The Australian Defence Secretary Richard Marles has confirmed Australian submariners will train on UK nuclear submarines.
Australian naval officers will be allowed to train inside Britain's nuclear-powered submarines for the first time giving them access to technology that has until now been a top secret to foreign countries, it has been reported.
In an interview with The Times newspaper, Australia's deputy prime minister Richard Marles said naval officers would be allowed to see nuclear engineering at work for the first time as part of plans under discussion by British and Australian ministers today.
UK and Australian political leaders had met in September to discuss how to tackle shared global security threats as the attack submarine HMS Anson was commissioned into the Royal Navy.
Prime Minister Boris Johnson and Defence Secretary Ben Wallace attended a ceremony at Barrow-In-Furness with Australian representative – the country's new Deputy Prime Minister Richard Marles.
They spoke about common defence interests, including their AUKUS partnership and the Type 26 Hunter-class warship programme, developed amid security threats in the Indo-Pacific region.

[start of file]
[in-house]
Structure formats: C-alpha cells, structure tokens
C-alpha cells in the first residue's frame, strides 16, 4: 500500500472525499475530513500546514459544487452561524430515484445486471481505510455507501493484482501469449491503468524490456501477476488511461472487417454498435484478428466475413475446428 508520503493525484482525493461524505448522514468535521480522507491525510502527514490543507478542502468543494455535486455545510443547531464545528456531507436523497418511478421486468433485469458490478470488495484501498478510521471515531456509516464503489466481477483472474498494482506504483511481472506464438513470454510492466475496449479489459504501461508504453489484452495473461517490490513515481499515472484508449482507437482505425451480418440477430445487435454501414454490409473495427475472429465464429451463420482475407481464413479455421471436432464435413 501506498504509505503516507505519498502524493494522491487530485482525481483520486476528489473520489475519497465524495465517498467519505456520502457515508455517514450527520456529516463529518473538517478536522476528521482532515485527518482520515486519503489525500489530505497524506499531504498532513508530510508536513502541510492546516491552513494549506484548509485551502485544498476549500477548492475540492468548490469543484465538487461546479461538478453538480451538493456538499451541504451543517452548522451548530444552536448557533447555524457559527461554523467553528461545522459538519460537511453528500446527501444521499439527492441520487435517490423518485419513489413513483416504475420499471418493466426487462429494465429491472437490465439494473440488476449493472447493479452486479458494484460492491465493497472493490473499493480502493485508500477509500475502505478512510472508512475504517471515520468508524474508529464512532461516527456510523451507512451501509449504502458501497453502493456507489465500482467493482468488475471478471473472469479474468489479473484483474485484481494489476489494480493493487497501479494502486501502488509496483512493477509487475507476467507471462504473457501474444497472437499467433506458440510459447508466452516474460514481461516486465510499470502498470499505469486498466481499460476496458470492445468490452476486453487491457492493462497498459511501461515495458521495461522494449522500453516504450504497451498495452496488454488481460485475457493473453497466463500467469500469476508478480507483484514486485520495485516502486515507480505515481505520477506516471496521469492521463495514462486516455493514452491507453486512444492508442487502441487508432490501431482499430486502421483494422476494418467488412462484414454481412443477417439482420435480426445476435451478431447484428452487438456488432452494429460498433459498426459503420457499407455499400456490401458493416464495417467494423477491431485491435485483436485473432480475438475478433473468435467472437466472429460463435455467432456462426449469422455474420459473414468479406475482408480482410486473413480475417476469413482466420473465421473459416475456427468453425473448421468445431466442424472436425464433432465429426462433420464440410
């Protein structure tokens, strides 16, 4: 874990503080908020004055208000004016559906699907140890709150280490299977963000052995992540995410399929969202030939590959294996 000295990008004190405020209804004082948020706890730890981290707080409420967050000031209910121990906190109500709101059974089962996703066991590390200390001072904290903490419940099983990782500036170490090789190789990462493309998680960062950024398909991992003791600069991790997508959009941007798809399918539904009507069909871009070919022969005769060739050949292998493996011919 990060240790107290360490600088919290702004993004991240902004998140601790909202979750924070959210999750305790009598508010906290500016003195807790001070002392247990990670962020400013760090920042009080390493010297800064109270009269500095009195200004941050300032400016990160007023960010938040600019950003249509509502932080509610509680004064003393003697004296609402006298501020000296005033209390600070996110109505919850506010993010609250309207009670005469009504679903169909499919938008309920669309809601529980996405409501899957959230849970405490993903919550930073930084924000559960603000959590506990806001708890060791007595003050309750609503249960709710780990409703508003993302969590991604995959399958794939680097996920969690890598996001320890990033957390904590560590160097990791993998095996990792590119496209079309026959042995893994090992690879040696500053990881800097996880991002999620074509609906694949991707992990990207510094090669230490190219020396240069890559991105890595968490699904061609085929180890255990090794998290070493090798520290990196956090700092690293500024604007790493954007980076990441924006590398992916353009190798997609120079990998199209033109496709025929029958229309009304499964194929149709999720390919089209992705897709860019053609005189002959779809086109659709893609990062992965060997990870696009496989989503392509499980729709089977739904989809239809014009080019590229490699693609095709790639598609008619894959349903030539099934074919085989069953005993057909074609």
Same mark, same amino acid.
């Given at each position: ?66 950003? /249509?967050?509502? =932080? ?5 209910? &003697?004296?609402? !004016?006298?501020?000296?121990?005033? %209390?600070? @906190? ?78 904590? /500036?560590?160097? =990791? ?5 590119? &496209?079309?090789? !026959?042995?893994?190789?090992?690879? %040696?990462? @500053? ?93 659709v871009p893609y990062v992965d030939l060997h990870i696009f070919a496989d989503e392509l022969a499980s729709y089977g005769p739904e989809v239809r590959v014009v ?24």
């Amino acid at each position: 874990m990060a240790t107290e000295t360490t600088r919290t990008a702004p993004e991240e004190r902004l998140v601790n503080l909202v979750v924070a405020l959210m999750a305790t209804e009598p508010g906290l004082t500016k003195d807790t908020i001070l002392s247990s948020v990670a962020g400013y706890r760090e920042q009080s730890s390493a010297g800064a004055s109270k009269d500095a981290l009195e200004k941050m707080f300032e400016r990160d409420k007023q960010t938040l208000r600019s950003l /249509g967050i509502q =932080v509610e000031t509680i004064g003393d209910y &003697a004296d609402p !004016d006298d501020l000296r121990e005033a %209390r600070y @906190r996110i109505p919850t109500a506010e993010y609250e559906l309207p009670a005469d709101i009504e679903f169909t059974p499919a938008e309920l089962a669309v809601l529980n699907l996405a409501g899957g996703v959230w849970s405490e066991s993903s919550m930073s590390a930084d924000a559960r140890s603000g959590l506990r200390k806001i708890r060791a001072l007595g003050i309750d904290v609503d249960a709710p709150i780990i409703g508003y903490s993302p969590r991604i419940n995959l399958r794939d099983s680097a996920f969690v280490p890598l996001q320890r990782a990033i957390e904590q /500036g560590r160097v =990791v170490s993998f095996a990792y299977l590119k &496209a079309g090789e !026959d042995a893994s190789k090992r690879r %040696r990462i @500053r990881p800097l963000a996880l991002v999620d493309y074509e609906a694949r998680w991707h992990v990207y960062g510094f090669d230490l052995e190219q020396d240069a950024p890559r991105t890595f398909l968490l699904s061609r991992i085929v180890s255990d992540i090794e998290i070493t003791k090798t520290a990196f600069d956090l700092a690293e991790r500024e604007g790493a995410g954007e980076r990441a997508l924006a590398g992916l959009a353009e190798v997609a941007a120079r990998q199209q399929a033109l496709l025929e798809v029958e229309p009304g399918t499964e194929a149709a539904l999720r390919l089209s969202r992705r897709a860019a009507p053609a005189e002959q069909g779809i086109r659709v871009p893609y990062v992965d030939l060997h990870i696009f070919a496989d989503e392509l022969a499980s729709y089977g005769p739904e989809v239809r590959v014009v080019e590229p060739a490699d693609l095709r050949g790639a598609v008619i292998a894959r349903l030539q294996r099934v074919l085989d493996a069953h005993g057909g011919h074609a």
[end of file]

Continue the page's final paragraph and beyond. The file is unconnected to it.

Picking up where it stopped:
The AUKUS deal involves the UK, Australia and the US working closely together and sharing technology.
The Barrow visit in September marked Mr Marles' first trip to the UK since Australia's new government took office.
£1.3bn has been spent on developing HMS Anson – the fifth of the Navy's new Astute-class attack submarines.
Two more of the vessels are under construction at the Barrow-In-Furness site in North West England – part of an £11.2bn investment in the Astute-class programme, the MOD said.
Defence Secretary Ben Wallace said: "I'm looking forward to hosting Deputy Prime Minister Richard Marles.
"We have lots of work ahead, responding to growing threats in the Indo-Pacific and progressing our ambitious defence programmes within the AUKUS initiative.
"Hosting him in Barrow is testament to the importance of the North West for our shared security and prosperity."